Learn about greenhouses, ponds, farming, agriculture, & more.
Building the world’s best retention pond may result in awards and accolades from the community.
Retention and detention ponds are commonly confused, and the similarities in their names don’t help.
There are quite a few reasons to target certain wildlife when designing a retention pond.
Retention ponds thrive when planted and tend to experience issues when kept bare.
The earliest retention ponds were all unlined because there was little understanding of why these ponds need lining so much.
With many states requiring little to no features that would be purely decorative for retention ponds, it’s no wonder so many are just blank constructions of concrete and polymer liner.
Retention ponds are actually a positive feature of any neighborhood or urban area, but they’re not always popular.
Retention ponds were once only used in agriculture and industrial site development, but now they’re commonly found in neighborhoods, and even backyards, in areas with heavy rainfall.
New water features aren’t always designed as aquatic habitats, but they can still play an important role in protecting other existing ecosystems.
No one aquatic habitat is quite identical to another, whether you’re comparing them in the wild or in a zoo environment.
The easiest ponds and basins to line feature low sloping banks, flat bottoms, and relatively shallow designs.
Restoring existing aquatic habitats and bodies of water is preferred over trying to build new ones from scratch.
The majority of aquatic habitat projects undertaken in the real world are restorations designed to help improve and stabilize existing aquatic habitats.
Zoo and aquarium aquatic habitats are some of the most challenging to design.
Onsite remediation, for drilling wastewater and mud, is one of the most challenging aspects of oilfield design.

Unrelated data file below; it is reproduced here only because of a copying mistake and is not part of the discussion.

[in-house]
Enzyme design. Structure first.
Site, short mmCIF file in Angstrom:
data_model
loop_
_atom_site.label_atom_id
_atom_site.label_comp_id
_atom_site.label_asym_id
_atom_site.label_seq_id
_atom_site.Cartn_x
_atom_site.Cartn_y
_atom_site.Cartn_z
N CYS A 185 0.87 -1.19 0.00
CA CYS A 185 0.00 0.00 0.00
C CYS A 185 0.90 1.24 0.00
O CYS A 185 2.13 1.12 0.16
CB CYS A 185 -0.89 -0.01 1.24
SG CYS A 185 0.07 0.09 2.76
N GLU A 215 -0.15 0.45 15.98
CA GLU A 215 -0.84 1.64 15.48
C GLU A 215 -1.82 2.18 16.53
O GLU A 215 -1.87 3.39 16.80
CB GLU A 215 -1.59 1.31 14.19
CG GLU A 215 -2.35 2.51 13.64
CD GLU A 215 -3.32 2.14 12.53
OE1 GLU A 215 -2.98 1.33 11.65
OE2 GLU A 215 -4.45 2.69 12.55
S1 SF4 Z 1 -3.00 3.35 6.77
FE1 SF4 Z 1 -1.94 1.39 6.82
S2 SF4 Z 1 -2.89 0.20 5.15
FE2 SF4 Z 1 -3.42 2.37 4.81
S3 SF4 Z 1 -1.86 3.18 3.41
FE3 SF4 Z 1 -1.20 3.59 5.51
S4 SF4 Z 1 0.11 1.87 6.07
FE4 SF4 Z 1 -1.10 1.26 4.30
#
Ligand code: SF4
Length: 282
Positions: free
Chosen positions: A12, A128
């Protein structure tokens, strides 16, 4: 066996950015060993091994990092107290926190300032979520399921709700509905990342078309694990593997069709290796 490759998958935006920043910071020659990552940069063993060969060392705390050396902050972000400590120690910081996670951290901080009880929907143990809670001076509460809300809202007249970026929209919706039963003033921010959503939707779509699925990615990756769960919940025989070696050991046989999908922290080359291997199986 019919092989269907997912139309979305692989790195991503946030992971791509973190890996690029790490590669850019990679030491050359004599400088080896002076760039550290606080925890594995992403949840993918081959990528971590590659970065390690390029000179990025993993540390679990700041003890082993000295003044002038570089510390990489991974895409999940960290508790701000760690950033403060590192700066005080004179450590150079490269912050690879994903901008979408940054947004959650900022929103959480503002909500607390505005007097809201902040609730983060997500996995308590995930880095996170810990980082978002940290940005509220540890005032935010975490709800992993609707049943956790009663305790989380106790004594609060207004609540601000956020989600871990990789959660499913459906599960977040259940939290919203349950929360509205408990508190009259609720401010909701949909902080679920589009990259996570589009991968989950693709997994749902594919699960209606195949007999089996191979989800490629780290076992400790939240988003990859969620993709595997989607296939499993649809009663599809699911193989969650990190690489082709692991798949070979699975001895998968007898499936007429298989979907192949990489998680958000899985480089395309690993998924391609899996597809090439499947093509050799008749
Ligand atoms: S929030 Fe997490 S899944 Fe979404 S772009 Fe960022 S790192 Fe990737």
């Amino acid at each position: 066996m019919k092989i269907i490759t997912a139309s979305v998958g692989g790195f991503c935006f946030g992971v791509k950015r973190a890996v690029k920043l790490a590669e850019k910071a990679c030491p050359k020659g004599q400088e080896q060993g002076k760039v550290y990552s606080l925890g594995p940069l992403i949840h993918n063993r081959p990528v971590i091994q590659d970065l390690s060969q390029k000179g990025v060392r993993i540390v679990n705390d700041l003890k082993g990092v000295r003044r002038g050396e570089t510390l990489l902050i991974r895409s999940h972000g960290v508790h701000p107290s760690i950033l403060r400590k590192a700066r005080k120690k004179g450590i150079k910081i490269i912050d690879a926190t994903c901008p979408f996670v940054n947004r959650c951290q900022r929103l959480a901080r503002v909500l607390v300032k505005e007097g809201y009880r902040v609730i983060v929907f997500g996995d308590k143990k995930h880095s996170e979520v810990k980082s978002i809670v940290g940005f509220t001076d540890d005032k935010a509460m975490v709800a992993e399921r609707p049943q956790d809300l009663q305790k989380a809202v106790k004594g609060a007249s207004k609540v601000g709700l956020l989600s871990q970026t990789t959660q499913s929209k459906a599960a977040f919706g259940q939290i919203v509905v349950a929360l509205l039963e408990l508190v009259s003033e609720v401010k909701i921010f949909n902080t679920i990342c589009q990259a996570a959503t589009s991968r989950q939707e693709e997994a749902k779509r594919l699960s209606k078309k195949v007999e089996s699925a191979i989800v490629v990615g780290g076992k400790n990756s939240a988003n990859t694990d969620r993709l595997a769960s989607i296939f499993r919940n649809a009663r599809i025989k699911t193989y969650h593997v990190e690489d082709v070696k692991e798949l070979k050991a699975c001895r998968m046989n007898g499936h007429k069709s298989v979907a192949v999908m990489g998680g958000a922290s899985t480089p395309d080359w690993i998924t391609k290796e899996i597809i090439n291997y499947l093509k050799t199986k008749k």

Flaring is one of the most controversial ,yet important, parts of operating an active oil or gas pumping operation.
Most reserve pits, built on the oilfield, are divided not by their specific use for processing but rather they length of time they’ll hold the same wastewater.
Most of the pits and ponds installed around an oilfield will be filled with liquids and sludges that are lightly to heavily flammable.
Drilling pads are the heart of the oilfield operation and they deserve plenty of attention to ensure they’re meeting all local and state regulations on environmental protection.
With so many lining materials commonly sold for pond use today, it’s easy to assume that the majority of them might work well for pits on the oilfield.
Oilfield pits of all types and sizes require proper lining to retain their wastewater loads.
Pits and ponds are used for storing various types of waste in almost every major industry.
The oilfield is technically just the deposit of oil itself and the land or water above it.
Frac pits may be designed with care and covered with liners warrantied to last decades, but they’re usually only used from six months to a few years at most.
Hydraulic fracturing sites often have half a dozen or more unique types of ponds and pits in order to manage the various risks around the property.